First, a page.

Thursday, June 24, 2021

Julia Buckley's "Death on the Night of Lost Lizards"

Julia Buckley has loved reading and writing since childhood. She is still a sucker for a great story, and, like any bibliophile, she loves libraries, Scholastic Book Fairs, the smell of ink, pads and pens, typewriters, and books you can't put down. She lives in a Chicago suburb with her husband Jeff; she has two grown sons and a beautiful daughter-in-law.

Here Buckley dreamcasts an adaptation of her latest novel, Death on the Night of Lost Lizards:
Death on the Night of Lost Lizards is the third book in my Hungarian Tea House series; it debuted at the beginning of this month. The series follows the life of Hana Keller, a Hungarian-American woman who helps to run Maggie’s Tea House, named for her mother Magdalena, her colleague along with her grandmother, Juliana. The tea house has become the setting for a great deal of conflict and drama over three books, starting with a murder during a tea party. This dire event brought Detective Erik Wolf into the tea house. Himself the son of an immigrant, Wolf is fascinated from the start by the three tea house ladies and their unusual insight. The series blends Hungarian folklore and culture, art of all kinds, and a touch of the psychic in a traditionally cozy setting.

Casting roles for a movie version of the book would be a daunting task. I see my characters in my head, but only in a rather amorphous way, and to give them detailed features would be like committing to a permanent relationship. However, for the fun of the assignment, I have plucked some faces out of the vast array of talented people who could play my characters (although I’ve traveled in time to hire some of them).

Hana is known for her lovely red-brown hair, an autumnal and striking shade. The absolute perfect casting for her would be a young Mariska Hargitay. A half-Hungarian herself, Mariska in her twenties had the perfect look to be Hana. She has the glamour of Jayne Mansfield (her actual mother) and the traditionally Hungarian look of many of my own relatives. An understory for the role might be the young Joanna Garcia, who came to fame on Reba as a blonde woman, but later appeared in roles with red hair. I always admired her sweetness and sense of humor.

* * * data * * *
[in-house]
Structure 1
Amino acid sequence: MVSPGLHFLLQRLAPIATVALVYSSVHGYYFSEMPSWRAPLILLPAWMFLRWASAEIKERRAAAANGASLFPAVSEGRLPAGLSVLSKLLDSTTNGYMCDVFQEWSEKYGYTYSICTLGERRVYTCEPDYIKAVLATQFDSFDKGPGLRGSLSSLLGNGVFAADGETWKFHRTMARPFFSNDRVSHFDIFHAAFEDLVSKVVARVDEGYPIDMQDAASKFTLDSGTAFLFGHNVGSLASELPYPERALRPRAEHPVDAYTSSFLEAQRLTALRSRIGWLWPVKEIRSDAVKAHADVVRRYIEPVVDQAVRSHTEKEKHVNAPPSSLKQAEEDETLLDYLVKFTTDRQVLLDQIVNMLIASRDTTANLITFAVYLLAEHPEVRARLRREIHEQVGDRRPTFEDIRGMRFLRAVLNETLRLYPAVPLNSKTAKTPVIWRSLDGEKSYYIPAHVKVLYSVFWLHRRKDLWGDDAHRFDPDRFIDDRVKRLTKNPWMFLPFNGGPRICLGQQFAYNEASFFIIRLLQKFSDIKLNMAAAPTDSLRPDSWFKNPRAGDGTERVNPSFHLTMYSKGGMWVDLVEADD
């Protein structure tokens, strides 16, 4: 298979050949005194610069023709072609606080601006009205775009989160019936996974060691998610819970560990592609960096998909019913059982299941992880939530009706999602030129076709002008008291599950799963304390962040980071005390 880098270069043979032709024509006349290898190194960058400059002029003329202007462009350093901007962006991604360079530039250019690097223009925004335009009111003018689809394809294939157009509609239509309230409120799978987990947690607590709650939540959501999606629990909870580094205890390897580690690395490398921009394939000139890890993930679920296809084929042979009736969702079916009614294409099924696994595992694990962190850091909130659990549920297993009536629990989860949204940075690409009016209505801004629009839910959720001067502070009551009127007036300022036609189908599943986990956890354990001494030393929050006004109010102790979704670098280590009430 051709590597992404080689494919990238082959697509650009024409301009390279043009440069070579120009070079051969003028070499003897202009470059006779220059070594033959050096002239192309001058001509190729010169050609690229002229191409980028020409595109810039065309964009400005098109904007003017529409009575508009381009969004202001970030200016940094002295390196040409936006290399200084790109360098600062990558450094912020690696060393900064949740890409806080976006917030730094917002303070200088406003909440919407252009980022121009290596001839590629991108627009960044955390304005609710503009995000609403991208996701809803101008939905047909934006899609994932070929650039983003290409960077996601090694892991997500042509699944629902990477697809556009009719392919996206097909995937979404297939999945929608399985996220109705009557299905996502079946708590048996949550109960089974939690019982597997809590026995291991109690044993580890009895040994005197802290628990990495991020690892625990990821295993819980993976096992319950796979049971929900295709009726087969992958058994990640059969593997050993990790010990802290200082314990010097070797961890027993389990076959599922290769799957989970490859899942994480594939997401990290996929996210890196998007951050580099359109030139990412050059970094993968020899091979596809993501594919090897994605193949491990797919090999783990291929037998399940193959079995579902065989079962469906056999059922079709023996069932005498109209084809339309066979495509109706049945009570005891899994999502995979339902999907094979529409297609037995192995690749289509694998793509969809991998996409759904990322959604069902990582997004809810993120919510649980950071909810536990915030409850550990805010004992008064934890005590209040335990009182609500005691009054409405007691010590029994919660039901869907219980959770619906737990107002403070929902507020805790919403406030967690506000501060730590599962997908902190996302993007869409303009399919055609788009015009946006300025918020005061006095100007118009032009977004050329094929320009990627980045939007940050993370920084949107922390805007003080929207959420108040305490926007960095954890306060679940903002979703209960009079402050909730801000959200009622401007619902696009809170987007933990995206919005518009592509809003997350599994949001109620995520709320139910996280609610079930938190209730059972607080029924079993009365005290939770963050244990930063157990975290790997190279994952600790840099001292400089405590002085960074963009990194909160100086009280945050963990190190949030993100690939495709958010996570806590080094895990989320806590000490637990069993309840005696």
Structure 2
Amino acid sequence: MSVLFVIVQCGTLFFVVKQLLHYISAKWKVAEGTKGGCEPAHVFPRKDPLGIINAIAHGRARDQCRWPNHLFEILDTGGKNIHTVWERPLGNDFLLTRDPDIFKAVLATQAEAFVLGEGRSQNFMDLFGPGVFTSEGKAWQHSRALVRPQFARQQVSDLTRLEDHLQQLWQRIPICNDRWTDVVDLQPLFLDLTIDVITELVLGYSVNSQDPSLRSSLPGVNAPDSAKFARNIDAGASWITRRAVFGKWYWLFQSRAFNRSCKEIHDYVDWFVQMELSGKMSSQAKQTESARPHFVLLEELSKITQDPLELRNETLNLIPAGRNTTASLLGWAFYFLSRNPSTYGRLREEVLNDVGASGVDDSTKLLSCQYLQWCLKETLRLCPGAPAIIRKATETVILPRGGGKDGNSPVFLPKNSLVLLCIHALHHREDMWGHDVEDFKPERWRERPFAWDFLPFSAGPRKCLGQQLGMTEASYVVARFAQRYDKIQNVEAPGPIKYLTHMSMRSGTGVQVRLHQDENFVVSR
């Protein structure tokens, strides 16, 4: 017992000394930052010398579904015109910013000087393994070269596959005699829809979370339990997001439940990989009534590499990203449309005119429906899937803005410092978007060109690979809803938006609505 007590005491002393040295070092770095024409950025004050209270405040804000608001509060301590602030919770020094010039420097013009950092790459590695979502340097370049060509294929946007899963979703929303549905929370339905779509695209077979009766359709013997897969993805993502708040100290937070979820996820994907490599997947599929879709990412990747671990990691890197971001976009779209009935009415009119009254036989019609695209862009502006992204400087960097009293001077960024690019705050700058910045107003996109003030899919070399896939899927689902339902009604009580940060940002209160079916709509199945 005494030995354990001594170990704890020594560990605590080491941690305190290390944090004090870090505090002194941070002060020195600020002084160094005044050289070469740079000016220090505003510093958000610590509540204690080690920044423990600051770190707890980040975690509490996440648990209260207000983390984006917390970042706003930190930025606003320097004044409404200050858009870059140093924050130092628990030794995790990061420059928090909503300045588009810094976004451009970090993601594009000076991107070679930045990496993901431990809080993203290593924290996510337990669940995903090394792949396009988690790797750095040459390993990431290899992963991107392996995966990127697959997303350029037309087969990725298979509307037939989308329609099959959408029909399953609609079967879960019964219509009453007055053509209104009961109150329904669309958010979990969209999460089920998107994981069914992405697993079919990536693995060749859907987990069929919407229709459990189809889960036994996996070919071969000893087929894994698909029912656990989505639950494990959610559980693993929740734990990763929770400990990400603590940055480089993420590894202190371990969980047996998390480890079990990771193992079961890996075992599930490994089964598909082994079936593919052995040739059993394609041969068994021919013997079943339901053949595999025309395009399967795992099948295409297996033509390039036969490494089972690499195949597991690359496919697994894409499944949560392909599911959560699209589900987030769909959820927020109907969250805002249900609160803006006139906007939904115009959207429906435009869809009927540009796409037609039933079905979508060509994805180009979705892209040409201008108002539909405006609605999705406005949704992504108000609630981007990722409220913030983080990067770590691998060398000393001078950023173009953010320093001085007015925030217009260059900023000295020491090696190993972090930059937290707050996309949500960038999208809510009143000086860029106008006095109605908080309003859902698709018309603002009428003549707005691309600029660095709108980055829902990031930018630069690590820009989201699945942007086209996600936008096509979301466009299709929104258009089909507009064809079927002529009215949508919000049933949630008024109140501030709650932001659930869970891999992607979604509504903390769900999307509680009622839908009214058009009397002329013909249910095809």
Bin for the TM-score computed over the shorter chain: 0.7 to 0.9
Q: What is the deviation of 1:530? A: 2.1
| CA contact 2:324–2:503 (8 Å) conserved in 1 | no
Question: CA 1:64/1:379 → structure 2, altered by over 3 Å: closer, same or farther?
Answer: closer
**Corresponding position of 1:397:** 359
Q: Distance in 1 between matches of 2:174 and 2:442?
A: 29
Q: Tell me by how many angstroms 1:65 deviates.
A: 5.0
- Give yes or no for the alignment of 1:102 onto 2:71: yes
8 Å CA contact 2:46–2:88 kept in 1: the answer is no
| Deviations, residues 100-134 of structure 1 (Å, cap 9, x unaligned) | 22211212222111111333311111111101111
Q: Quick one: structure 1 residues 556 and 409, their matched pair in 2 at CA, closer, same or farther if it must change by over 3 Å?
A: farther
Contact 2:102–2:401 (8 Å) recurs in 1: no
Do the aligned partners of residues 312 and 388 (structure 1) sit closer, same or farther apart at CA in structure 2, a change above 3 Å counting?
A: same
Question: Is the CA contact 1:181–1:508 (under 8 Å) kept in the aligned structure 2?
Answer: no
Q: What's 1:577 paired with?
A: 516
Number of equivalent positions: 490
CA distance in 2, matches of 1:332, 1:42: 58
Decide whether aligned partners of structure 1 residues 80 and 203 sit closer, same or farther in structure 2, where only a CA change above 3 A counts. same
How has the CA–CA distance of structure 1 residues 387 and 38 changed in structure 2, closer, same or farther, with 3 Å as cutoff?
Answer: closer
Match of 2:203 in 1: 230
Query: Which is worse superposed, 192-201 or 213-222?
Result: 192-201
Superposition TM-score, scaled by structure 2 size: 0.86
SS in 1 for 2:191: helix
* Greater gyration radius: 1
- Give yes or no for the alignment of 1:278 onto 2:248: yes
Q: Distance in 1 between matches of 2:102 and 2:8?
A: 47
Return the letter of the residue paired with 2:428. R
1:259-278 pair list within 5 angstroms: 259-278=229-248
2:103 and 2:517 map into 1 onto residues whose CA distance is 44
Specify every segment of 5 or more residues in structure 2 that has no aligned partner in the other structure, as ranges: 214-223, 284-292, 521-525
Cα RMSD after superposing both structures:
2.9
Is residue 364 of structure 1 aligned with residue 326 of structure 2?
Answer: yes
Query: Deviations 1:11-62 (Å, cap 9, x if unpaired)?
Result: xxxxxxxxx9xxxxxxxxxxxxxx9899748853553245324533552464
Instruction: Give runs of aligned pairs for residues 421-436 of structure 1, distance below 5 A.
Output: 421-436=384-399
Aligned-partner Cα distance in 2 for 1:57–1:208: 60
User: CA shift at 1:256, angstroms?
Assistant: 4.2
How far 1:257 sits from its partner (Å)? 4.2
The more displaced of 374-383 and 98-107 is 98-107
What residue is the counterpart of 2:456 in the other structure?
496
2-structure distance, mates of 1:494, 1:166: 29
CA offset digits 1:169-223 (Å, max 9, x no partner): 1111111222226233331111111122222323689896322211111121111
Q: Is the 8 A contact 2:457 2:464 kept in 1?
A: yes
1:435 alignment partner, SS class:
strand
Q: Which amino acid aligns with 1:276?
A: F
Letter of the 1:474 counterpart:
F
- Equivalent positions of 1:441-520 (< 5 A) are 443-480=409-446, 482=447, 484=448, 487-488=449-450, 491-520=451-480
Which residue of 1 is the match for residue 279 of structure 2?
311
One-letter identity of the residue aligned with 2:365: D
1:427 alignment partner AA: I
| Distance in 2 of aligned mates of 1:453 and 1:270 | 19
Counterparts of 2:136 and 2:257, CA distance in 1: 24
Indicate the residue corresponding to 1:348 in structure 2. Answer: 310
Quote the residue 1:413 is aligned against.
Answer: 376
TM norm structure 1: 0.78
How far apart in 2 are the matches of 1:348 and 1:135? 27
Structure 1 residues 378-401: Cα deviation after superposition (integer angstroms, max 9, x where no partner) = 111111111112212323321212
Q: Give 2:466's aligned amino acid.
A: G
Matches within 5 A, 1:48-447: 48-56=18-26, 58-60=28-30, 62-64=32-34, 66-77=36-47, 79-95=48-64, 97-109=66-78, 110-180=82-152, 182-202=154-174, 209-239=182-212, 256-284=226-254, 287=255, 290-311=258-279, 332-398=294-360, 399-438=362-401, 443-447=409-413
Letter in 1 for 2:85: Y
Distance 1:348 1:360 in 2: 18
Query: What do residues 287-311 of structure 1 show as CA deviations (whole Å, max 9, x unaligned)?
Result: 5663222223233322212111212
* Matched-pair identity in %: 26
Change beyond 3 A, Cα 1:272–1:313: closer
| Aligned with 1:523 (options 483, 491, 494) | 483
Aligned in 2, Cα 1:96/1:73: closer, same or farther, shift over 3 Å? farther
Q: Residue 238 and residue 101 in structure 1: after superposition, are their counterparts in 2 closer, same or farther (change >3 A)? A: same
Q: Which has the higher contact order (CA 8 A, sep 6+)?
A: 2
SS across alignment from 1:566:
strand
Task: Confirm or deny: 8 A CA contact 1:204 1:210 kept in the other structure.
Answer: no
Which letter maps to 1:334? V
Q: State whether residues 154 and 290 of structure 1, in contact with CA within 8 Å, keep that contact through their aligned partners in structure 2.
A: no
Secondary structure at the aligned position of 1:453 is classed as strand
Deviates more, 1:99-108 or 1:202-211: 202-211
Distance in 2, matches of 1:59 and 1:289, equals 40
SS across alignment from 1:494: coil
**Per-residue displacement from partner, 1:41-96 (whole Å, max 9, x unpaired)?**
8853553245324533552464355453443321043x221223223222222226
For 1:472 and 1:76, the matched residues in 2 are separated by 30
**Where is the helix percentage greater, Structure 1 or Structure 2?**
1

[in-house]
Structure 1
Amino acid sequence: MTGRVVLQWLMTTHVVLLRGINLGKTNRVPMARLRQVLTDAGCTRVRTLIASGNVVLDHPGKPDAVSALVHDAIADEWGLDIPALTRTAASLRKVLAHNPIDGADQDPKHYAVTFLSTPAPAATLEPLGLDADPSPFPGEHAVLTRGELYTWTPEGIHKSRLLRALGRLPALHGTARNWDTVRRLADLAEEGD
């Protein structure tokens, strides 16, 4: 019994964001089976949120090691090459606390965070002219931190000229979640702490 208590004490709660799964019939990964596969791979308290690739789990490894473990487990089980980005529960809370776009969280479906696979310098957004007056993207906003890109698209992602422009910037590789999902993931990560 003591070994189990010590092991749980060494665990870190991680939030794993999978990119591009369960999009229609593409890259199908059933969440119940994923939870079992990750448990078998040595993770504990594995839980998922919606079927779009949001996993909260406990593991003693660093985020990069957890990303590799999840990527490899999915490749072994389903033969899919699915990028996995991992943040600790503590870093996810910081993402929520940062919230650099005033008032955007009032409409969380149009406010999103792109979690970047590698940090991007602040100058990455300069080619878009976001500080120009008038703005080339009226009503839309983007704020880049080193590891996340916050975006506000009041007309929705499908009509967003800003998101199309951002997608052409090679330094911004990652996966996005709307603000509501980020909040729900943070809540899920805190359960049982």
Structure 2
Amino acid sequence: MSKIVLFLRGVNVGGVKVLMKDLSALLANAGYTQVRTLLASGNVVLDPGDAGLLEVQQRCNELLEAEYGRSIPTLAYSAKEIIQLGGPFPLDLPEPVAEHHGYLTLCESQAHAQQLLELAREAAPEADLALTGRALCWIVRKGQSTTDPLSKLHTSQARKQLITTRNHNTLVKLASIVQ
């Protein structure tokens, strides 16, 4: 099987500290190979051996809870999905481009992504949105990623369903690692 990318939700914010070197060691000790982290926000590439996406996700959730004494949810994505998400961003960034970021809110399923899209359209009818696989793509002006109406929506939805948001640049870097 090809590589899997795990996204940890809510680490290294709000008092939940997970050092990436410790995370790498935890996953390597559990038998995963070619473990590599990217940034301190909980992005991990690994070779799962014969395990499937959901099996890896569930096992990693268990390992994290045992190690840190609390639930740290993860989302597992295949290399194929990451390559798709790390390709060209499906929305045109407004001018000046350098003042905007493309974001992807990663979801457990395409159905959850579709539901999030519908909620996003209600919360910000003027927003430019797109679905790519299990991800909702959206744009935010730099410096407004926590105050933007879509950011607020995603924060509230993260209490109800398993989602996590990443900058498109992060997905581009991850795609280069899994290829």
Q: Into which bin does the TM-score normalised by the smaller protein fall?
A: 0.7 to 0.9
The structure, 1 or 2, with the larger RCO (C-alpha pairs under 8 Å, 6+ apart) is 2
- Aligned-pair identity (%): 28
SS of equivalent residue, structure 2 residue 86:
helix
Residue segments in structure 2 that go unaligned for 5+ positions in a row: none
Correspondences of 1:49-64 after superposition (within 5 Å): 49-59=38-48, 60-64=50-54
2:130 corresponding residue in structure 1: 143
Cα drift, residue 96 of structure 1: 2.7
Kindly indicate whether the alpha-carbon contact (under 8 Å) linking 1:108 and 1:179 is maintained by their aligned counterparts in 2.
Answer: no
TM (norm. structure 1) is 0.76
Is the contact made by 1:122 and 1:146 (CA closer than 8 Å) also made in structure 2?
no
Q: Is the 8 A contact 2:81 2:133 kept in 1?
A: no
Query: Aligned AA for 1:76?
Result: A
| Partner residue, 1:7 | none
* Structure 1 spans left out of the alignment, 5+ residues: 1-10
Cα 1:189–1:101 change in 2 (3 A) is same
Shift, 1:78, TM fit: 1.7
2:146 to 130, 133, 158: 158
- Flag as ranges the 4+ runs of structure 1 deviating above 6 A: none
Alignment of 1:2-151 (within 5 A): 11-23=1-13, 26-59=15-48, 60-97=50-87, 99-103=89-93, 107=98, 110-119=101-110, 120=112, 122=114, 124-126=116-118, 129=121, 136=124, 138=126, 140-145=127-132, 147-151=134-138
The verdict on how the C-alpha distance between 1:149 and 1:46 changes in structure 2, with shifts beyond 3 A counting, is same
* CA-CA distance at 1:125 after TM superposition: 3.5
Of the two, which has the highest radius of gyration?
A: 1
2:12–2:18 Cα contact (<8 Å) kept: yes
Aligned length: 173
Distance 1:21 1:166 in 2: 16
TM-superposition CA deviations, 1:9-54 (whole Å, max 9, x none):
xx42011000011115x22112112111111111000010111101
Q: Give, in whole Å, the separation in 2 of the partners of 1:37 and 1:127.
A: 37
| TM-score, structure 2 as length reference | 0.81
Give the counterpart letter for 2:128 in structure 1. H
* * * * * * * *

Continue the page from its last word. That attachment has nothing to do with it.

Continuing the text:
For the role of Detective Erik Wolf, who must blend a sense of integrity, shrewdness, introversion, and a real devotion to both his career and Hana herself, I would cast Joel Kinnaman. His performances in both The Killing and Hanna convinced me of his talent, and as a man from the Nordic region (Sweden, not Norway), he has the proper look for Wolf.

Hana’s best friend Katie, cheerful and ebullient, would be played by Annie Murphy, the delightfully wacky Alexis on Schitt’s Creek. I would darken her hair slightly to match the chocolate tones of Katie’s hair.

Hana’s protective brother Domonkos would look like a young Tony Curtis (another half-Hungarian), and his girlfriend Margie, who is said to look like Grace Kelly, would of course be played by Grace Kelly.

I am drawing a blank for Hana’s mother and grandmother; I think that I would want to draw from a cast of Hungarian actors to get the look right, at least for her mother and grandmother, who are both Hungarian natives.

Maggie’s dad, another quietly devoted man, would be played by a young John Mahoney, whose face always had a gentleness that I admired. He is on the small list of my brushes with fame, as I ran into him once in an Illinois Jewel.
Learn more about the book and author at Julia Buckley's website.

My Book, The Movie: The Big Chili.

My Book, The Movie: A Dark and Twisting Path.

--Marshal Zeringue